Spotlight: Deaf Rich Boy ‘79 / Earmold / Voice from the Sea

Deaf Rich Boy ‘79

i would one day be the son of that rich man
with a monocle found in the game of monopoly
id own the entire town beyond pamida
i wouldnt think twice about buying
a pair of expensive designer jeans at the down under shop
at stern & field on aurora & suffolk
all the kids in my class would ask meekly to see
my latest handheld electronic game
the kind that you couldnt find anywhere
the kind that kids would know everything about
the kind that theyd grow antennae just to ferret them out
theyd turn into insects with shiny shellbacks
gleaming with bands of gold strapped across
as they murmured & compared between themselves
their dull scores blinking tiny sticks of red light
theyd huddle together & forget about everything
id wear the latest nike sneakers from jcpenneys
the kind none of the kids could afford
theyd stare & gawk me of all people
when theyd thought me poor
what with eight siblings & a dog packed
into a house of only four bedrooms
my family werent rich
everybody knew that
but on that first day of school id say nothing
as i hung my denim trucker jacket on my hook
in the hallway theyd see the name furstenberg
stitched on the back pocket of my new jeans
id be wearing a blondie tshirt to show off the fact
that i went to minneapolis to see
the sultry debbie harry sing heart of glass
for once the hearing aid cords winding up to my ears
would look cool as if i were always listening
to something cool that theyd never hear
always straining to hear the next hot band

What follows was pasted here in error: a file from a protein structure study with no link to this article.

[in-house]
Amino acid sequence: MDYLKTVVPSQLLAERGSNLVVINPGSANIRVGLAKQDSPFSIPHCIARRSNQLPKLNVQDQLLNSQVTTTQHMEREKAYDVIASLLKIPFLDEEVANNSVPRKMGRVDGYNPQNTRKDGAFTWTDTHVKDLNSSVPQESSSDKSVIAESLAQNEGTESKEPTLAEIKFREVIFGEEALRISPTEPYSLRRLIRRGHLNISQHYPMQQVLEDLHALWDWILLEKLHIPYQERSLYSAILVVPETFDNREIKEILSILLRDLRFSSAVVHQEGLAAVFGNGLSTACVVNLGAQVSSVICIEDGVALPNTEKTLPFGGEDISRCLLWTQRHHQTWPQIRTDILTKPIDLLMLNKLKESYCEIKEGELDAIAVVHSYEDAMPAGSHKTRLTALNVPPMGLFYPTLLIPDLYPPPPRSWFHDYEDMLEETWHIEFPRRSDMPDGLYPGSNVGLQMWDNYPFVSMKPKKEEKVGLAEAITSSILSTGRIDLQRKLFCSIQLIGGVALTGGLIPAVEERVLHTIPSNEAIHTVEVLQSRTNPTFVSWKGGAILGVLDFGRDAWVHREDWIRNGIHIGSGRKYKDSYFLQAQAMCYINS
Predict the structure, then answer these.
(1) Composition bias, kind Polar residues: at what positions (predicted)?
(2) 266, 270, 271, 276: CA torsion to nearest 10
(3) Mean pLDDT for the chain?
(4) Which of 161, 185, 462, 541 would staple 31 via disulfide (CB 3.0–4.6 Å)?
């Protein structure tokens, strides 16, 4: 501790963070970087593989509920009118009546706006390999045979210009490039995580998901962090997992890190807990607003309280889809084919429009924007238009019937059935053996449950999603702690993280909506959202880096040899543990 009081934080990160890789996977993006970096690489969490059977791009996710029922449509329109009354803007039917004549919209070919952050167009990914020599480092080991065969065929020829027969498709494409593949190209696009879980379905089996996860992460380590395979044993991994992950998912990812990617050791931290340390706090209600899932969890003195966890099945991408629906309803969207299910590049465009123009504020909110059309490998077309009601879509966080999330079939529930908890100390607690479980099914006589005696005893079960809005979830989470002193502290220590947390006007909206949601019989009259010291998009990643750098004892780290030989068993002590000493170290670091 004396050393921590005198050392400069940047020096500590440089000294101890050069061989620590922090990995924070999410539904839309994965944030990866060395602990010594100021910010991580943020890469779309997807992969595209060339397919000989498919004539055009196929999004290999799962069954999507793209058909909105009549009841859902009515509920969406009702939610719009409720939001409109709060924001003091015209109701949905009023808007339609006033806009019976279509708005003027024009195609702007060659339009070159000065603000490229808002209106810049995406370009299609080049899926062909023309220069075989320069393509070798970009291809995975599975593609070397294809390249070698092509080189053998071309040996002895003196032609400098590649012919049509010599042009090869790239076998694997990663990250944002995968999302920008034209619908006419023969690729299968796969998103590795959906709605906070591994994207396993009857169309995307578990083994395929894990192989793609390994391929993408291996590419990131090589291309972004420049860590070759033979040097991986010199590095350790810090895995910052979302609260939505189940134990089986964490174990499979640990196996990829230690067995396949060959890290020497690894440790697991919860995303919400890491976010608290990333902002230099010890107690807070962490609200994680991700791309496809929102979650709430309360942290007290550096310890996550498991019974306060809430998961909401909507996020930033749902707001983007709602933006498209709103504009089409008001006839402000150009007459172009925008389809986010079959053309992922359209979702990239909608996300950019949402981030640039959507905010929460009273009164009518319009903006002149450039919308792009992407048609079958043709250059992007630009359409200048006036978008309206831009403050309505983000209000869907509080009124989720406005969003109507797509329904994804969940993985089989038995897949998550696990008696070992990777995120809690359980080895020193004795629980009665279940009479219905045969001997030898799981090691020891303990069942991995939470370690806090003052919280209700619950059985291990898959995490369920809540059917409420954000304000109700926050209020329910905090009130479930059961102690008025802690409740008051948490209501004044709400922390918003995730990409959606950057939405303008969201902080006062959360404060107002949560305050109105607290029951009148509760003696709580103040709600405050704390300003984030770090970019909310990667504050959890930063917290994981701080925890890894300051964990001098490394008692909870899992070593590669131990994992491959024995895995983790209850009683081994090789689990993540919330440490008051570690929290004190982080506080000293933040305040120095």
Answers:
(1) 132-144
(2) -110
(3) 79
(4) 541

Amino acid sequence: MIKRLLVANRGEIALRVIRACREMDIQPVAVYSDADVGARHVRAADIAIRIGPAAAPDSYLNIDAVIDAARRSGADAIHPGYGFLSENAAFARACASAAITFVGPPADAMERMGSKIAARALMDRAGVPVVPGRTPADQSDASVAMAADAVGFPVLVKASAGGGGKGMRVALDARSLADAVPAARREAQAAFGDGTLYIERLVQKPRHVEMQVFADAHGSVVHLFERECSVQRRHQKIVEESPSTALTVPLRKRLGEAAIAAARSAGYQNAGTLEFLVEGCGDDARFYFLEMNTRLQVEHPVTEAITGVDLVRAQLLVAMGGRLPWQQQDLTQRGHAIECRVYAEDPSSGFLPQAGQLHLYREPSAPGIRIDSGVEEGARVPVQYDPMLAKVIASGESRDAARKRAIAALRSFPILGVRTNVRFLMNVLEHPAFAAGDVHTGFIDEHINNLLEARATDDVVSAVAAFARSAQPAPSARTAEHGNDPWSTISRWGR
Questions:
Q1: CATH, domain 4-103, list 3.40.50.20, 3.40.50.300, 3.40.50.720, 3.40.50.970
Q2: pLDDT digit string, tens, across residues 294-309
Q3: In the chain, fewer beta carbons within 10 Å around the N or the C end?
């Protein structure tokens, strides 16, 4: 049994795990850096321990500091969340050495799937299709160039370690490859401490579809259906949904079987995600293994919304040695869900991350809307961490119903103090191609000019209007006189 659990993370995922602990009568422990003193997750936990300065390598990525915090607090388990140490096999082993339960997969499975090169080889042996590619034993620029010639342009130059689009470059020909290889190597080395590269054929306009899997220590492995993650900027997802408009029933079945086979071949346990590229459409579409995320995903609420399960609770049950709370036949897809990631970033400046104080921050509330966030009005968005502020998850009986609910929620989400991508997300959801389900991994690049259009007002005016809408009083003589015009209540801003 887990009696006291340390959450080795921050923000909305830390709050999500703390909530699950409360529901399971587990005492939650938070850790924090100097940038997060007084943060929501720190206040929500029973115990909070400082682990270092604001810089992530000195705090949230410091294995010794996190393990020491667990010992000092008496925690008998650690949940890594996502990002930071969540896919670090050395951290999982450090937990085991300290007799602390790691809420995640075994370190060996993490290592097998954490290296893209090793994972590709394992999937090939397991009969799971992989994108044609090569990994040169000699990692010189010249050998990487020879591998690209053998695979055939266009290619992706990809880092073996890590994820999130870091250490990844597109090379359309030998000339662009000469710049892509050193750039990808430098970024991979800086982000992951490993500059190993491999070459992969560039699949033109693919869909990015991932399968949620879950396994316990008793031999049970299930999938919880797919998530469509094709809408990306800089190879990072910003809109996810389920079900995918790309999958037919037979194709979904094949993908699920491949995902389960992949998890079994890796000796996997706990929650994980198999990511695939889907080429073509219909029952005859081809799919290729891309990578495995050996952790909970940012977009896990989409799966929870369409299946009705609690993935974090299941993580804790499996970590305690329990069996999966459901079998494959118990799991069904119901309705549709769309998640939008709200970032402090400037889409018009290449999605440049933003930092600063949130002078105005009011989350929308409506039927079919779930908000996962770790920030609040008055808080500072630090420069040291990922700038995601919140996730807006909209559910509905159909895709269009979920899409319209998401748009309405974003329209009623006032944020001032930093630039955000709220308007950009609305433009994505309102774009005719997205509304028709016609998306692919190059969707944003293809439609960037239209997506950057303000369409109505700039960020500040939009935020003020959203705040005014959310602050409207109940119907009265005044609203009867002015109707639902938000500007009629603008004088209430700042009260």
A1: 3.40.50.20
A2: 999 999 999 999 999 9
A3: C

id hear them way before they appeared
on american bandstand some saturday afternoon
theyd wish to be deaf like me
always listening to the future
these kids in class would whisper about me
never mocking me but always with awe


How I fell in love
the minute
the first pump
of silicone was
splooged into
my ear canal.
You were cold
at first,
but my heat
embraced you
while I opened
my mouth,
jostling my canal
so there’d be
a bit of give
with your body
when you returned,
fully formed
and tubed up,
ready to be sized
over the shoulder
of my ear,
trimmed at
the right length
before you settled in,

happily married to
the plastic hook
clutching to
the new body
crammed with
organs so
one needed
a magnifying glass
for repairs,
but that didn’t
matter as long
as I’d loved you
right in,
a perfect fit,
into the heart
of my canal.
But those
marriages of
never lasted
beyond two years.
I always needed
a new lover.

Voice from the Sea

My voice is a mystery of mangled consonants.
They are slimy stones breaking
the river of vowels.
They turn into hard
pimples that never go away.
Go ahead and stone me.

One day this polluted ocean of sickly compliments
will be cleansed. Only then can I
swim past
the breakwater of hearing aids,
lined with the larynx’s algae.
Spare me the chemical of lye.

Dolphins will accompany me to the end of my days,
bathing me in languages
I will never know.
I will cast   my first stone. I await
the first splash of water.
My hands are still unbruised.

Raymond Luczak is the author and editor of twenty-two books, including Flannelwood (Red Hen Press) and Lovejets: Queer Male Poets on 200 Years of Walt Whitman (Squares & Rebels). He lives in Minneapolis, MN, and online at